One of Scotland’s finest sporting estates – a favourite of Queen Victoria’s now owned by the Astor family – has come up for sale just days before the Glorious Twelfth, with a £10.5m+ asking price – making it Scotland’s most expensive. And it’s rumoured that the Camerons are interested…
Sprawling across 12,000 acres of magnificent Aberdeenshire near Tarland, The Tillypronie Estate offers an exceptional 11-bedroom country house and gardens, set in amongst some top-of-the range shooting, stalking and fishing. Strutt & Parker is launching the property in six lots tomorrow (Tuesday 9th August).
Queen Victoria herself laid the foundation stone for Tillypronie House, which was constructed in 1867 by Sir John Clark, the diplomat son of the Queen’s physician, Sir James Clark. Victoria then visited the estate with her friend and confidant, John Brown (aka Billy Connolly).
The Royal connection doesn’t end there; our very own Queen Elizabeth planted a Dawyck Golden Beech in the gold-themed Golden Jubilee Garden, which opens up to the public twice a year. Prime Minister Harold Macmillan also got in on the gardening action at Tillypronie, planting some kind of conifer. Other famous guests include American writer Henry James, who described the property as “this supremely comfortable house – lying deep among the brown and purple moors”, and went on to wax about “the glorious view of sweeping hills and gleaming lochs that lies forever before the windows”.
More recently, The Daily Record reports that former Prime Minister David Cameron and his wife Samantha – whose mother Annabel is married to William Waldorf Astor III – has been sniffing around the property after moving out of Downing Street. “Sam Cam is an Astor,” says a local quoted by the Record. “Her mum is married to one of the Astors and speculation is rife that she has asked hubby David to buy it.”
The estate has been in the vendor’s family – which the Daily Mail describes as “Britain’s answer to the Kennedys” – since 1951, when they bought it from Sir Thomas Royden, the Chairman of the shipping line Cunard White Star (who had owned it since 1925). The current owner, Philip Astor (a former President of the Bullingdon Club) inherited it in 1984, and married his wife – Editor-in-Chief of Harper’s Bazaar and Town & Country, Justine Picardie – at the estate back in 2012.
Tillypronie’s been a magnet for well-bred sporting folk for a few generations now, attracted by what Strutt & Parker calls “a remarkable variety of sport” including: driven grouse shooting; the renowned high bird Towie pheasant shoot; roe deer stalking, rough shooting and duck flighting; trout fishing on a number of gorgeous lochs, and salmon fishing along a 2.4-mile stretch of the river Don.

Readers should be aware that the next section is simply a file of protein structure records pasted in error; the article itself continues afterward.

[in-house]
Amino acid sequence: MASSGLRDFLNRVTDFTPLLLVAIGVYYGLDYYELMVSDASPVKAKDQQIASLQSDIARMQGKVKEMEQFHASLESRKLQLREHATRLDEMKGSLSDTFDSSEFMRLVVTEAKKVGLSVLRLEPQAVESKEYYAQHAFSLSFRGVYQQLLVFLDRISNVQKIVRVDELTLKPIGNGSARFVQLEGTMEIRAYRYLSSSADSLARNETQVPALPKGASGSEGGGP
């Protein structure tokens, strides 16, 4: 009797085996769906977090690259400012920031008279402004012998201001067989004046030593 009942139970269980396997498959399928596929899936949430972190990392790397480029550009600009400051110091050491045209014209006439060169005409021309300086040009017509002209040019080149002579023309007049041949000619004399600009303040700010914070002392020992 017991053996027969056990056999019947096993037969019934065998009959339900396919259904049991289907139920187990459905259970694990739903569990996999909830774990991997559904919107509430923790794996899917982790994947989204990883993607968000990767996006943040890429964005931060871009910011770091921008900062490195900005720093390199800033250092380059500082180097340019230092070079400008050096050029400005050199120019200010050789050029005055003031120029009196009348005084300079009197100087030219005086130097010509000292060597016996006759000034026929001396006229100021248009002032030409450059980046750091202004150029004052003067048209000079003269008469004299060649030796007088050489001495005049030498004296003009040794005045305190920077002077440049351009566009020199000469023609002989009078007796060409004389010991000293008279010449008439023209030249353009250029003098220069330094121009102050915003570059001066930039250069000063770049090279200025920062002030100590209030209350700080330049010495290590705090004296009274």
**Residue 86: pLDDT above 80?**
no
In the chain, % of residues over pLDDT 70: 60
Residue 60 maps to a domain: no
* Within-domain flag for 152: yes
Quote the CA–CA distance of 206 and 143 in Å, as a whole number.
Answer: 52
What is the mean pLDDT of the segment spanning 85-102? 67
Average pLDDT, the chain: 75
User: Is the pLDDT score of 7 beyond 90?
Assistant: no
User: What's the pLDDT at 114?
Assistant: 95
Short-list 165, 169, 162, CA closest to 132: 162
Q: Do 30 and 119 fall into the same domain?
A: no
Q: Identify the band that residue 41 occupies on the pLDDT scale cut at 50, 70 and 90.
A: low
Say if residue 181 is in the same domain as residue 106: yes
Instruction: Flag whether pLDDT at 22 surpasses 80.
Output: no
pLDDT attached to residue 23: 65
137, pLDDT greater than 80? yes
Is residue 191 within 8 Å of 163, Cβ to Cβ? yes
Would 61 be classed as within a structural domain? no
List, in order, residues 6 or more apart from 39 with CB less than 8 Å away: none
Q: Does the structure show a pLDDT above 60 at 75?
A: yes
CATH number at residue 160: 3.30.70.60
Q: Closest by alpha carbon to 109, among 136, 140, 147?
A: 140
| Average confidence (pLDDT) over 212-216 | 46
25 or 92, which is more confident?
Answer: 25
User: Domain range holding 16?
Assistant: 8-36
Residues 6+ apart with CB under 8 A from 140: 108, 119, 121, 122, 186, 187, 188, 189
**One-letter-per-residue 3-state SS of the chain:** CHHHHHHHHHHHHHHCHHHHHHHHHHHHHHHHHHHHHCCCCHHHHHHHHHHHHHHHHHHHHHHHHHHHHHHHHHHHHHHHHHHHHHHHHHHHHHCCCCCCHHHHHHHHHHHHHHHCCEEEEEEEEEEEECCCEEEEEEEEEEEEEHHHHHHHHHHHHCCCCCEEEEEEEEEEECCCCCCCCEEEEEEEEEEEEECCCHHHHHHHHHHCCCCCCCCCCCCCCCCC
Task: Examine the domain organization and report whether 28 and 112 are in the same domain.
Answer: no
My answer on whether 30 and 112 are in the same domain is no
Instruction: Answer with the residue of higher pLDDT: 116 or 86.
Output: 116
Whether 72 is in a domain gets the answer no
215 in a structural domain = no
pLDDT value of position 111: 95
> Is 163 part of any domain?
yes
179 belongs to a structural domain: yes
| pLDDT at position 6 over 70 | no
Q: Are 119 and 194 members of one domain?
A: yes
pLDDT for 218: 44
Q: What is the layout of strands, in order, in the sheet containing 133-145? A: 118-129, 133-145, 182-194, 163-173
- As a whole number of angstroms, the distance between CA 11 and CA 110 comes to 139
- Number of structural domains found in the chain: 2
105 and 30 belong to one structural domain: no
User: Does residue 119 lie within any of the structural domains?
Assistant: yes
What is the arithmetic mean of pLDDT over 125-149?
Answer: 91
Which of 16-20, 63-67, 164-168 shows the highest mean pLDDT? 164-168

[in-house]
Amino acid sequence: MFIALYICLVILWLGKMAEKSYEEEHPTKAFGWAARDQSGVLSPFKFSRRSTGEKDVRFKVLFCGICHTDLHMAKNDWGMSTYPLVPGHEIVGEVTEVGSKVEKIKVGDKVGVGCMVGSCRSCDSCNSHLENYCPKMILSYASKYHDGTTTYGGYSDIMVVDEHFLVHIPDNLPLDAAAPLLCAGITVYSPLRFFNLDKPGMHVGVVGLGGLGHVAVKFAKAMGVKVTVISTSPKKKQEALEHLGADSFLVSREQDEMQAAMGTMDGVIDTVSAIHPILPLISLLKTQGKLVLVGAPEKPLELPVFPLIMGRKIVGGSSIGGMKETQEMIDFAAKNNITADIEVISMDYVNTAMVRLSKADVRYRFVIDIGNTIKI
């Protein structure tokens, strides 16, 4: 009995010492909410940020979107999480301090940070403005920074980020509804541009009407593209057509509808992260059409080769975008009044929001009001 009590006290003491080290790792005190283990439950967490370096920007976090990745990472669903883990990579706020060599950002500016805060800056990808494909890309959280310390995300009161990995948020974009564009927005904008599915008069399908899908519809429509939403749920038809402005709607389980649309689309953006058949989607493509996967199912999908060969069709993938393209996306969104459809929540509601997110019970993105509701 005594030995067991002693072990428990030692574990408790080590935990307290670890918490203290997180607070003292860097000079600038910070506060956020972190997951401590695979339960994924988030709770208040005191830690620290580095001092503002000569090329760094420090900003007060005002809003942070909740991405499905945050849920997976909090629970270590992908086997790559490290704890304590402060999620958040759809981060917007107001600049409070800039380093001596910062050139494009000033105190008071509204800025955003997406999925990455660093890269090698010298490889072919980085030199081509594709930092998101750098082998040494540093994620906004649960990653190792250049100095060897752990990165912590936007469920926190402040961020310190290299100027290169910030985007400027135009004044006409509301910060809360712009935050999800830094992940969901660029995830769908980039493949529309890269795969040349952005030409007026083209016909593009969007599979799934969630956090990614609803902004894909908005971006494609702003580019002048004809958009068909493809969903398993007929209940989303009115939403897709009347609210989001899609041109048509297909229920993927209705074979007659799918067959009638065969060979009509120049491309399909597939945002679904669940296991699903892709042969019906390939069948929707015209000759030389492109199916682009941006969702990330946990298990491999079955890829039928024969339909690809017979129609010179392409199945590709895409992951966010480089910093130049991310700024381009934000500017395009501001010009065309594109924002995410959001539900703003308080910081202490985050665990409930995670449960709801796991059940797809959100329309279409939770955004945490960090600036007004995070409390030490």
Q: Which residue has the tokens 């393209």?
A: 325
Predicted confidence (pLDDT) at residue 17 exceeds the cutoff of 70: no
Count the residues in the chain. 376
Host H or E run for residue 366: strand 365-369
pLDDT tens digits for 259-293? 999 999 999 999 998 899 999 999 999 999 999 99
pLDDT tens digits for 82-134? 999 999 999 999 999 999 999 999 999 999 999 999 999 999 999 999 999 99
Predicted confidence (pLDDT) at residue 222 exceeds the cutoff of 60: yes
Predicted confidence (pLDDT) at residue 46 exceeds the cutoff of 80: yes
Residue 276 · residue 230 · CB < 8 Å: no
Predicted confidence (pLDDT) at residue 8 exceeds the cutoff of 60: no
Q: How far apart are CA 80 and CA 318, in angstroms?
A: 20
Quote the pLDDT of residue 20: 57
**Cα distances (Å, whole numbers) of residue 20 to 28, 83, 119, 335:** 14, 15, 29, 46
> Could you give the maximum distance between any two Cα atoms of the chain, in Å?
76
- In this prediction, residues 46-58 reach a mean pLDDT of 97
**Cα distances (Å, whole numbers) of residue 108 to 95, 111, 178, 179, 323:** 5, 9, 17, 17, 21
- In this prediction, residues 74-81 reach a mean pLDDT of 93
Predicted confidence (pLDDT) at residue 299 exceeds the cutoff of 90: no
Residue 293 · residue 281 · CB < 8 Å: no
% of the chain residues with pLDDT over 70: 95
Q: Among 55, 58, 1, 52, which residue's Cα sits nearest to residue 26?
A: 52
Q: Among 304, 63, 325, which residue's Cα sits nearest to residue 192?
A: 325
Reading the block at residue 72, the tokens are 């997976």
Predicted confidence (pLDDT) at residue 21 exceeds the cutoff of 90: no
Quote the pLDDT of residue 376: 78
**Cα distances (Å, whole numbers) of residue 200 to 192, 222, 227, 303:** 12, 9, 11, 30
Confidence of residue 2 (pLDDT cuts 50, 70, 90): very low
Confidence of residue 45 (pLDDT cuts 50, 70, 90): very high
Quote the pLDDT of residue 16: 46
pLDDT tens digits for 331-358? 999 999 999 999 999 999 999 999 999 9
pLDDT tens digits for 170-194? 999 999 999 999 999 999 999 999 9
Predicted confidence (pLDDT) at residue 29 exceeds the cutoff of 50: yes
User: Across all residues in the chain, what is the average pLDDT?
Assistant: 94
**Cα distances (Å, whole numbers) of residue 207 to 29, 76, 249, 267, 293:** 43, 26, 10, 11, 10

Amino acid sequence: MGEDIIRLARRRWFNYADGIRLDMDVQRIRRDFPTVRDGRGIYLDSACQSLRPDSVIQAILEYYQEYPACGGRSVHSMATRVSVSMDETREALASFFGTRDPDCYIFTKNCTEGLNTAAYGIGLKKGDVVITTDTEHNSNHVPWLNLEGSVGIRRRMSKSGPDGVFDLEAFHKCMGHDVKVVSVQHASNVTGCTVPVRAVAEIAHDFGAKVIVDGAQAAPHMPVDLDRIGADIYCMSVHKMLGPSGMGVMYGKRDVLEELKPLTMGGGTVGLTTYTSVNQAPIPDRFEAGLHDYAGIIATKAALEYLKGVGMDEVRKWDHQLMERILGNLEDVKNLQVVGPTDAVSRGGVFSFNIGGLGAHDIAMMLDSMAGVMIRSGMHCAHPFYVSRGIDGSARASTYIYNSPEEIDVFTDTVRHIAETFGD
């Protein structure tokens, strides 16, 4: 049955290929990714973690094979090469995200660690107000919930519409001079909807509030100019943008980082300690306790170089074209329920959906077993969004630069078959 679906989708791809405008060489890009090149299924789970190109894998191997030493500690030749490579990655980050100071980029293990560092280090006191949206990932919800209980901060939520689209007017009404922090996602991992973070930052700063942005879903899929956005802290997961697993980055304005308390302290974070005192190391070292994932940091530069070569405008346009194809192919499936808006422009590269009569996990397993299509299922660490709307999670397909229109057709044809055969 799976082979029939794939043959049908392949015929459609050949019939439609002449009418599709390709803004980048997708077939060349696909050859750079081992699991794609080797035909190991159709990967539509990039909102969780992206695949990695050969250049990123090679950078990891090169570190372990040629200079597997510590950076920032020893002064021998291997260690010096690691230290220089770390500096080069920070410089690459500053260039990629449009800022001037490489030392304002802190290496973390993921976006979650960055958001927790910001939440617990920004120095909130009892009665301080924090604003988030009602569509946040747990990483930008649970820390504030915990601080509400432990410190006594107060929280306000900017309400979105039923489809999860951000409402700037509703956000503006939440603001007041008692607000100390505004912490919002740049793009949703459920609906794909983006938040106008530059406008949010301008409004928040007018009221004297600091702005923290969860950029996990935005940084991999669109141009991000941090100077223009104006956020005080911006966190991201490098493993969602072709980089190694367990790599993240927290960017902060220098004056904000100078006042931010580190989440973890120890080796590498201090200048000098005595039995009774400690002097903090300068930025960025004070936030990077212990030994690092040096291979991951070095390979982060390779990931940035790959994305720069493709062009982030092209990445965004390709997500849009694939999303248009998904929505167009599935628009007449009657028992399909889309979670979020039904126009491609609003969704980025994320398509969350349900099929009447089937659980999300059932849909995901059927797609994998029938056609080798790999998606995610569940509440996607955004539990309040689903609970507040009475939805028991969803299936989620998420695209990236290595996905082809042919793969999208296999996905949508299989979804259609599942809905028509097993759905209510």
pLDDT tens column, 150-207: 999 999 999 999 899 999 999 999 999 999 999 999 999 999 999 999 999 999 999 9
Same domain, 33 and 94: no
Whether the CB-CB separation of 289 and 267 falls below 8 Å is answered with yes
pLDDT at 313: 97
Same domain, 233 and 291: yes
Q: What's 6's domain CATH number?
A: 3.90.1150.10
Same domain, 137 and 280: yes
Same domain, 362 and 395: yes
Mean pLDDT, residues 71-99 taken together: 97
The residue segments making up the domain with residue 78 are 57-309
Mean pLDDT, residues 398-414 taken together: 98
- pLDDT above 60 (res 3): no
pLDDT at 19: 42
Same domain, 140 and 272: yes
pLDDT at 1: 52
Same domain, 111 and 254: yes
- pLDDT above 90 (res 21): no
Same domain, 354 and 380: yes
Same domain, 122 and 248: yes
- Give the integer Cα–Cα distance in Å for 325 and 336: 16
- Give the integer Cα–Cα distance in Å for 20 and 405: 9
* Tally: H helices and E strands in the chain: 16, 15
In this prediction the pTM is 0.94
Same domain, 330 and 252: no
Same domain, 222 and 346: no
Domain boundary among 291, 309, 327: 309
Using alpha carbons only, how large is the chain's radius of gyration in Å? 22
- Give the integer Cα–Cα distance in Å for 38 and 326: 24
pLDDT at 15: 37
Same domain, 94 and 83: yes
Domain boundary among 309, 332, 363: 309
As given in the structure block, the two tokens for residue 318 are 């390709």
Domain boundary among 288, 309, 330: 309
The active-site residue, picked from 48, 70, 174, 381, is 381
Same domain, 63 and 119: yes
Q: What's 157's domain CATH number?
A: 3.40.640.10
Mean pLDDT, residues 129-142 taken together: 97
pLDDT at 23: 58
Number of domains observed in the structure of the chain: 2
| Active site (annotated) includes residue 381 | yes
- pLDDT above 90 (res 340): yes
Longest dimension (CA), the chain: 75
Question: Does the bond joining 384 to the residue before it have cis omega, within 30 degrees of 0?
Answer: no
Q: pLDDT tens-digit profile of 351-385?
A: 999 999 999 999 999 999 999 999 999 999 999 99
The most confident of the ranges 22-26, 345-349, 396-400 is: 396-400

Historically, Tillypronie was one of the most prolific grouse moors in the Highlands, with a regular average of 2,000 brace a year during the 1960s and 1970s. There are four named beats and, while recent records have been more modest than in the past, increased investment in moorland management over the last five years has seen a steady improvement in the grouse bags achieved.
Philip Astor, the current owner: “Tillypronie is a truly magical place, which has given huge pleasure to family and friends of all ages since I inherited it over 30 years ago. The house is one of those places that immediately conveys a sense of happiness; and I don’t think the garden has ever looked so beautiful.
“I have worked hard over the past few years to restore the grouse moors to something approaching their former glory, but I feel it is now time for someone else to continue that exercise. Meanwhile I am immensely proud to have developed a spectacular pheasant shoot, where discerning teams of guns have been eager to return year after year.”
Selling agent Robert McCulloch, Partner in Strutt & Parker’s Edinburgh office: “The style, setting and outlook of Tillypronie House is like no other in Scotland. Nestled discreetly in the hills above the Howe of Cromar, the panoramic views across Deeside are inspirational at all times of year. Standing on the Tillypronie terrace on a summer’s evening, sipping a glass of something chilled, is priceless in itself.”